If you have already done a four-year degree in bachelor's, MA, and MSc, degrees would only be of 1 year and the two years if you have a bachelor's degree in three years. This is again consistent with the International standards.
       
  13. Top 100 foreign colleges in India
    Top foreign Institutes have been given permission to set up their campuses within India. Laws will come into place and only then they will operate in India. Indian University can also set up a campus outside India. What's interesting is that this is a policy that Congress wanted to bring in when it was in power but back then BJP had opposed it and now it itself is bringing it in.
     
  14. For teachers
    A common National professional standard will be set up for all the teachers by 2022. A 4 years integrated BA degree would be the minimum qualification required to become a teacher by 2030. The national curriculum framework for teacher education, 2021 (NCFTE), will be made.

The negative or controversial points of NEP
  1. On the basis of language.
    This policy has been criticized the most on the point of language by the people. This policy reads that “wherever possible the medium of instruction till 5th grade and preferably till Class VIII and beyond will be home language, local language or the regional language.” that is, the education of the child until the 5th grade should be in-home language, mother language, and regional language. it is nowhere written that doing so is compulsory, but those who criticize it, says that this will force the schools do not teach in English and instead teach in regional languages, which will not be beneficial for most of the people.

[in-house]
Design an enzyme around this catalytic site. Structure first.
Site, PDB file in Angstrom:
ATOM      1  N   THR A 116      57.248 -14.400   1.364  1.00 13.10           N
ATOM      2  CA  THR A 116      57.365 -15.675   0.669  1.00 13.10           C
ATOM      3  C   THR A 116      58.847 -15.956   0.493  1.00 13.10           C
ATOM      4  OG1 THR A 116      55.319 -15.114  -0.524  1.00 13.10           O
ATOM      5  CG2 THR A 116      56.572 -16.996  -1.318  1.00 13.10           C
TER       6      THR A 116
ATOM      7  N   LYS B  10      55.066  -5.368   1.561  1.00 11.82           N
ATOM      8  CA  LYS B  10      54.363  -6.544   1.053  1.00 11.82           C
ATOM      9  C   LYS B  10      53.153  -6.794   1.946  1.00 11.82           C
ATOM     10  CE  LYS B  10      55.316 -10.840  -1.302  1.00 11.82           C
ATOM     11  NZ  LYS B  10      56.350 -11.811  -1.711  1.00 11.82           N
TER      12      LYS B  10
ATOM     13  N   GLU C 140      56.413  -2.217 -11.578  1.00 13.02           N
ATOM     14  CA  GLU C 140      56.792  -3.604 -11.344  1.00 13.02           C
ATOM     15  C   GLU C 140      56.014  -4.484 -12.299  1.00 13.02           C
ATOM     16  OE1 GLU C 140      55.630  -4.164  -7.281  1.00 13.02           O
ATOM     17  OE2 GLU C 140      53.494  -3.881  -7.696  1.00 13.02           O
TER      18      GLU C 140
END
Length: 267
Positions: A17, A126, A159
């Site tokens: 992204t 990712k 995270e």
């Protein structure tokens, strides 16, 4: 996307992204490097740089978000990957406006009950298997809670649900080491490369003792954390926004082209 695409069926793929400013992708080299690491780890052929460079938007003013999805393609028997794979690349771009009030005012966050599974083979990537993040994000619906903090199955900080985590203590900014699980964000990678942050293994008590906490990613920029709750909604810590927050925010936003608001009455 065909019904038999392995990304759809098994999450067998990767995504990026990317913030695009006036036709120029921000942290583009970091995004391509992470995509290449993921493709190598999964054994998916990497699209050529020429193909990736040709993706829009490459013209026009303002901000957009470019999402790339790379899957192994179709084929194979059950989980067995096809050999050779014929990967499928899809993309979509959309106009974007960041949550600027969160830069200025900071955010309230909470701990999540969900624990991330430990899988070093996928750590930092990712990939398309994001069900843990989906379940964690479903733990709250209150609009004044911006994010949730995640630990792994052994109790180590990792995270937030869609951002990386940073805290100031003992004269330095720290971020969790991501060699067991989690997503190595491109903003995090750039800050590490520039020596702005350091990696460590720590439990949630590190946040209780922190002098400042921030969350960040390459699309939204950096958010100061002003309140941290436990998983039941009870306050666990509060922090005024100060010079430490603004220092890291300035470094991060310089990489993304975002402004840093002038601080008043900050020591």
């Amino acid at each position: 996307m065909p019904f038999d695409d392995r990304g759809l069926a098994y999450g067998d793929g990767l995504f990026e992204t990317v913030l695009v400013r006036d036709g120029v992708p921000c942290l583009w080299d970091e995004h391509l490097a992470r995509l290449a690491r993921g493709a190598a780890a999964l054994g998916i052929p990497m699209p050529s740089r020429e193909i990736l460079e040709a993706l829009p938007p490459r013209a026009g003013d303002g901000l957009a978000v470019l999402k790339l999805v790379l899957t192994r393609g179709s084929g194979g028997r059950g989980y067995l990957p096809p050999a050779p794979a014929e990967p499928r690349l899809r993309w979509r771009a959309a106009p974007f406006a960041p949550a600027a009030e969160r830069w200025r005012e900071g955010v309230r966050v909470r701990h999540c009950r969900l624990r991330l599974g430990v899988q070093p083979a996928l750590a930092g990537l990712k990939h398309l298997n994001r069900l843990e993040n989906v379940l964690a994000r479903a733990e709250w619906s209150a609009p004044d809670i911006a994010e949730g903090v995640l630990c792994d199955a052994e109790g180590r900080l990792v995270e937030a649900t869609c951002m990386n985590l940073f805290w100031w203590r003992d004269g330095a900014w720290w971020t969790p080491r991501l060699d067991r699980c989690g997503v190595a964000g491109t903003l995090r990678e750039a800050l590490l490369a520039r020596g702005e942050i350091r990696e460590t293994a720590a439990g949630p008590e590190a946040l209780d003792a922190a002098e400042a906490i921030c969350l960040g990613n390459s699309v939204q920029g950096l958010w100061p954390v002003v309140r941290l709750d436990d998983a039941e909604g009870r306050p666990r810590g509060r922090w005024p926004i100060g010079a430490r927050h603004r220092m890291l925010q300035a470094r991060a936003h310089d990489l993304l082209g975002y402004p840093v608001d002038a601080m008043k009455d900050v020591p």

This might have a detrimental effect. It is written in the policy that no language would be forced although it is also said that they would try to make Sanskrit and other classical languages available at every level in school as an option and after class 9th, the options of the foreign language will also be available like they are right now. It is important to give priority to English because today English, in a way, has become a Global Language of Communication worldwide. No matter which country you come from, it is essential to learn English if anyone wants to do anything at an international level. It has become essential to learn English in every country and this is an advantage for India in comparison to China and the rest of the South Asian countries because there, people are not able to learn English due to this extent. Since people in India speak English and they are able to compete in western countries, the US, and Europe.
     
  2. Anti-democratic
    Several student and teacher bodies have criticized this policy of being anti-democratic. Some political parties have also criticized it. They alleged that the states were not consulted before making this policy. Since education is a concurrent subject that comes under both the center as well as the state list. so the state should have been consulted more before introducing this policy.